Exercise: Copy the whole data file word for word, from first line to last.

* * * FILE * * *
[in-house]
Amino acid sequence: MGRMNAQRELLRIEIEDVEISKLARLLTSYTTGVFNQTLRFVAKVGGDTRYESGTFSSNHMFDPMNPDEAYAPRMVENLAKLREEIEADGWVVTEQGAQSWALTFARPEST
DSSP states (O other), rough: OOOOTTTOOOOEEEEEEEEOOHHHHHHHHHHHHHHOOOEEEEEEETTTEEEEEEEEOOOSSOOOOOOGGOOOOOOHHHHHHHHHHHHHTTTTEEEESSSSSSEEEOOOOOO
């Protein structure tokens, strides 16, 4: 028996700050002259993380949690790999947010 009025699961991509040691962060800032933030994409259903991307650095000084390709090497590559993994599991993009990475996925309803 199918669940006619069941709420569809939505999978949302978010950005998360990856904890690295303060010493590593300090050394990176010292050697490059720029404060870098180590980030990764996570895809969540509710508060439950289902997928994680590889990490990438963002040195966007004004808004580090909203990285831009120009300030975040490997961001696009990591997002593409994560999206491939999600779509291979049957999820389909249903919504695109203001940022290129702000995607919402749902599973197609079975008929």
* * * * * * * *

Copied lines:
[in-house]
Amino acid sequence: MGRMNAQRELLRIEIEDVEISKLARLLTSYTTGVFNQTLRFVAKVGGDTRYESGTFSSNHMFDPMNPDEAYAPRMVENLAKLREEIEADGWVVTEQGAQSWALTFARPEST
DSSP states (O other), rough: OOOOTTTOOOOEEEEEEEEOOHHHHHHHHHHHHHHOOOEEEEEEETTTEEEEEEEEOOOSSOOOOOOGGOOOOOOHHHHHHHHHHHHHTTTTEEEESSSSSSEEEOOOOOO
């Protein structure tokens, strides 16, 4: 028996700050002259993380949690790999947010 009025699961991509040691962060800032933030994409259903991307650095000084390709090497590559993994599991993009990475996925309803 199918669940006619069941709420569809939505999978949302978010950005998360990856904890690295303060010493590593300090050394990176010292050697490059720029404060870098180590980030990764996570895809969540509710508060439950289902997928994680590889990490990438963002040195966007004004808004580090909203990285831009120009300030975040490997961001696009990591997002593409994560999206491939999600779509291979049957999820389909249903919504695109203001940022290129702000995607919402749902599973197609079975008929």